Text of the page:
Now we get to the batch of records that turned out to be the most pleasant surprise of all. There was at one point a group listed as such: Bill Evans, Seven Riverside LPs. There was a picture on the Web site and there was a copy of Waltz for Debby in there and perhaps an original pressing of New Jazz Conceptions as well. Anyway, I was hoping to steal this one, but once the bidding surpassed $400 I realized there was no steal to be had and I had better keep my mouth shut. The package eventually went for $650. Ah, well. However, about 15 minutes later there was another group of LPs, described as such: Bill Evans, Eleven LPs, Eight Verve and Three Riverside. There was no picture or other description. I won this lot at $80, so my total for these 11 records was $93.60. This is a great batch of music, and each record is in
Sorry to leave you hanging on Part 2 of this story. So I am on the phone listening to the auctioneer in the background. He is describing each lot – Here’s Number 14, Kenny Burrell on Blue Note, do I hear one hundred, a hundred ten, a hundred twenty, a hundred thirty, two hundred, two ten. This is going by in what seems like nanoseconds. For me to get in a bid I have to decide quickly how much, then I have to react quickly and, in the end I have one or two seconds to decide as the auctioneer is getting ready to close the auction. It’s a bit of an adrenaline rush, as you may imagine. Anyway, I lose out on all the Burrell records and I’m feeling a bit guilty about tying up the phone line and the next thing I know I’m bidding on a couple of Wes Montgomery records and the guy on the other end of the phone, who is the brother of the auctioneer, is telling me it looks like I’m going to win these records. And I do. One is Full House, a great Riverside record featuring Johnny Griffin. The other is The Incredible Jazz Guitar of Wes Montgomery, also on Riverside. I have bid $60 for
I participated in a jazz auction the other night. Not an eBay auction, but a traditional auction with real people and an auctioneer and a gavel. Here’s the story: A few weeks ago I got a call from a guy named David Quinn who said he ran an auction house and had in his possession a collection of jazz records and CDs from an estate sale. I helped David out with some information about the jazz collectibles market and he told me he’d send me a list and let me know when the auction was taking place. It was in the Washington DC area. I couldn’t make it down there, so I asked if I could be on the phone and perhaps bid on a few items. He arranged it and when the first item was put on the block at about 6:30 on Wednesday night, there I was on the phone, bidding on items I hadn’t actually seen. This put me at a pretty stark disadvantage, because there were about 30 people physically in the room at Quinn’s Auction Galleries in Falls Church, Va. These people could physically see the items: I was going on guts and instincts and whatever pictures were available online. The thing with this type of auction, the auction house gets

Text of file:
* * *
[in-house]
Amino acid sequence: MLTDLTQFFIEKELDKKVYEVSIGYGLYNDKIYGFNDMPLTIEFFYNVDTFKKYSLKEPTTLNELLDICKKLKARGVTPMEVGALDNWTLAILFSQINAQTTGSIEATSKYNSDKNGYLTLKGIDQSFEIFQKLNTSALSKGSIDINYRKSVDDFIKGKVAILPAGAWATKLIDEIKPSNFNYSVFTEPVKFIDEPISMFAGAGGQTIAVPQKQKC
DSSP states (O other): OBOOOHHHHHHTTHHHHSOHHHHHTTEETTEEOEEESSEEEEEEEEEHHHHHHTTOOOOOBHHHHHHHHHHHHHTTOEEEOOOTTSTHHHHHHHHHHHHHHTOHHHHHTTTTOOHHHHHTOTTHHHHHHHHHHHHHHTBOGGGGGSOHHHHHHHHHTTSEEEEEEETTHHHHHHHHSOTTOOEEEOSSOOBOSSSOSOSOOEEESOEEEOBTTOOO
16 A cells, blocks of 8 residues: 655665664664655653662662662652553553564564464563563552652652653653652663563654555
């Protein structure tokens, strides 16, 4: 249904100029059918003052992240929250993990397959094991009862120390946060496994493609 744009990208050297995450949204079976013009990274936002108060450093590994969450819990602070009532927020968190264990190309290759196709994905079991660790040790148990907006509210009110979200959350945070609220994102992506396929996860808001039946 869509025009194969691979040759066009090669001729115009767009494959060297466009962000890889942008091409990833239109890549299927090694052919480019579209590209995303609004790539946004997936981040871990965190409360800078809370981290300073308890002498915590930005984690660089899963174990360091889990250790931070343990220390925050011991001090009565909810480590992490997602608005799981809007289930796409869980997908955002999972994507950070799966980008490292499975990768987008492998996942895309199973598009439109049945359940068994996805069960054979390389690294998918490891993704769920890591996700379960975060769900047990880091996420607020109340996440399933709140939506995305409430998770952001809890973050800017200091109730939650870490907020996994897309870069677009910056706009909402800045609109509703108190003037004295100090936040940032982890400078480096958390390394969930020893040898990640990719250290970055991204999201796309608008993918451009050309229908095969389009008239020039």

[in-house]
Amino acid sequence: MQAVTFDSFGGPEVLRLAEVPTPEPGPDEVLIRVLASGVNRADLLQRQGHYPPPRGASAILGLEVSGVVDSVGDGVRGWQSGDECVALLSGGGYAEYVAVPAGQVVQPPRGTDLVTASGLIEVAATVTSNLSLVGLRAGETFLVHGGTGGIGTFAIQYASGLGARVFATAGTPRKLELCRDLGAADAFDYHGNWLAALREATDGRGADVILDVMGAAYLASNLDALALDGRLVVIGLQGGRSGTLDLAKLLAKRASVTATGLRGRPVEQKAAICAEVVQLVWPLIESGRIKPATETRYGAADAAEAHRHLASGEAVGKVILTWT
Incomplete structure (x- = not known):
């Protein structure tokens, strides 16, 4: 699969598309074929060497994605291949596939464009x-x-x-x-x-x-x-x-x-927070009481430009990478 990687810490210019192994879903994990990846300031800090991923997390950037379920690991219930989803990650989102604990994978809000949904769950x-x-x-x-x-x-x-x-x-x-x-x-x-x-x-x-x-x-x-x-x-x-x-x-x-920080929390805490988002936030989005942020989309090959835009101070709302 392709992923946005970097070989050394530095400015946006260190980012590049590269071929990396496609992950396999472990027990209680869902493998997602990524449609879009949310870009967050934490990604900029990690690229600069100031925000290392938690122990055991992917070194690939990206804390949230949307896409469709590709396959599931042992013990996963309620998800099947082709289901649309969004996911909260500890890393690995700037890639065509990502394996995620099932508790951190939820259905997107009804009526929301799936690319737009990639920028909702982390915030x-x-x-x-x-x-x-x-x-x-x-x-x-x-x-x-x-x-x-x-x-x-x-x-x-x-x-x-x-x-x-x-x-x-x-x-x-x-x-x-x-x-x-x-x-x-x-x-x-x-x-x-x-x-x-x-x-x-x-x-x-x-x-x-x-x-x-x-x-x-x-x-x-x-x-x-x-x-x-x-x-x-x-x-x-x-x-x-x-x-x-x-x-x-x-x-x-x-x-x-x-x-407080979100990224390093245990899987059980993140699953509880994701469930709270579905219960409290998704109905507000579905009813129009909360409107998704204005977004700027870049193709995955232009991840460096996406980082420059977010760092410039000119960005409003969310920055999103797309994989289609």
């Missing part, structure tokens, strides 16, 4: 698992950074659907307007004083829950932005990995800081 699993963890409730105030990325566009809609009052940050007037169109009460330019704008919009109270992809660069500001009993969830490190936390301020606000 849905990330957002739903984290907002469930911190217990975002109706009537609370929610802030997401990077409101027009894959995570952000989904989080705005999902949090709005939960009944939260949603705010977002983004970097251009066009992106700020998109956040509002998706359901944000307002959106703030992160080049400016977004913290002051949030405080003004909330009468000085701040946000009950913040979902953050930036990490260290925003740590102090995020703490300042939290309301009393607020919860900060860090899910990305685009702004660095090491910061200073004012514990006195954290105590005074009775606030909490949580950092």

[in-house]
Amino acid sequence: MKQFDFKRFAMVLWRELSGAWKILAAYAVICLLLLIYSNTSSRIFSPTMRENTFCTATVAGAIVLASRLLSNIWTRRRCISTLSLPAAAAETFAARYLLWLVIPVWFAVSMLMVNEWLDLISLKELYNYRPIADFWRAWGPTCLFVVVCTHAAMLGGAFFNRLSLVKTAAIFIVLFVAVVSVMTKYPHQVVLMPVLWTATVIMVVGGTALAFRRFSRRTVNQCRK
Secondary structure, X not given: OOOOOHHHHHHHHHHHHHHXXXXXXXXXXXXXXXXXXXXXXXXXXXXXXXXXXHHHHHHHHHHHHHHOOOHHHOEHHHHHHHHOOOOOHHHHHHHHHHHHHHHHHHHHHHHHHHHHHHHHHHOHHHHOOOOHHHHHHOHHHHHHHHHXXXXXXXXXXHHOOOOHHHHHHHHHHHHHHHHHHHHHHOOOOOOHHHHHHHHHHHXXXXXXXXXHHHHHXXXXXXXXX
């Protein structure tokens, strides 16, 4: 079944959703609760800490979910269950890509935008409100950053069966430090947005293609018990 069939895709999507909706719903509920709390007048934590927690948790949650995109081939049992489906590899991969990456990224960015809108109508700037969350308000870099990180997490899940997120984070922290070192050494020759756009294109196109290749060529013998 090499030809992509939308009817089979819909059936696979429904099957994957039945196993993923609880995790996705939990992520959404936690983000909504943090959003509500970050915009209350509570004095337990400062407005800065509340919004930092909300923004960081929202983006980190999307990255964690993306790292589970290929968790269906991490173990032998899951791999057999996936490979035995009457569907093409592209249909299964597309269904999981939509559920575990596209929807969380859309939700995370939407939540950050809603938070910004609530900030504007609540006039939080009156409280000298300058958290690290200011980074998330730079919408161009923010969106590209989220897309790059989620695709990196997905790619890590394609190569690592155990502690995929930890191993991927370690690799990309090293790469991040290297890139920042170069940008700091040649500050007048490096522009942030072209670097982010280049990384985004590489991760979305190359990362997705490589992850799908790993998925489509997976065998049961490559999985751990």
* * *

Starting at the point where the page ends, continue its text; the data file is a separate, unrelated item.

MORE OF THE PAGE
When I was six my parents took me to a jazz show somewhere in New York. I think it was the Palladium, but my memory doesn’t stretch back far enough to remember the exact location. I do remember that there was George Shearing on the bill and I didn’t understand how a blind man could play the piano. How did he know what to play without seeing the keys? And there was the Miles Davis quintet or sextet, and I’m pretty sure I saw Trane when I was six. I wish I could have appreciated it. The education in jazz from my parents continued. There were Sunday afternoon concerts at the Village Gate — Jazz Interactions, they were called — and brunches and late afternoon shows at the Five Spot and the Red Garter, all when I was pre-teen and early teen. I remember my father going up to Kenny Burrell and asking if he’d give me lessons. That was not cool. Anyway, Burrell was warm and friendly and I noticed in my collection the other day an autographed copy of Blue Bash!, Kenny Burrell with Jimmy Smith on Verve signed: “To Diane and Hal, Best Wishes, Kenny Burrell.” All of which is a roundabout way of saying how much I appreciate this great gift my parents gave me and that I am quite sad to report that my mom just passed away unexpectedly. I will be taking a few days off from Jazz Collector, so there will be no new posts from me, but I am hopeful that you guys can fill in the slack. I will post an item right after I post this called: Reader Forum. Please use this to post new comments and keep an eye on eBay and keep the conversation going while I step away for a few days. Thanks.
I will let you in on one of my dirty little collecting secrets. Sometimes I will take a flyer and bid on a box or collection of records on eBay from a seller who may not know what he’s doing. The goal is to find one or two gems. I do this for a few reasons: 1. I’m a gambler at heart, so I’m always one to take risks. 2. The first time I ever did this I bought a box of records for about $60 and, when they arrived, they were loaded with original Verves and Prestiges that I estimated to be worth at least $3,000. So I was a bit hooked. 3. The cost of shipping these boxes overseas is often prohibitive so, generally, the competition for these items is not so steep, just U.S. buyers. Which brings me to my most recent purchase, shown in the picture. It was clear when I looked at the picture that just about every record here was virtually worthless. Except for one. Can you identify it? Look at the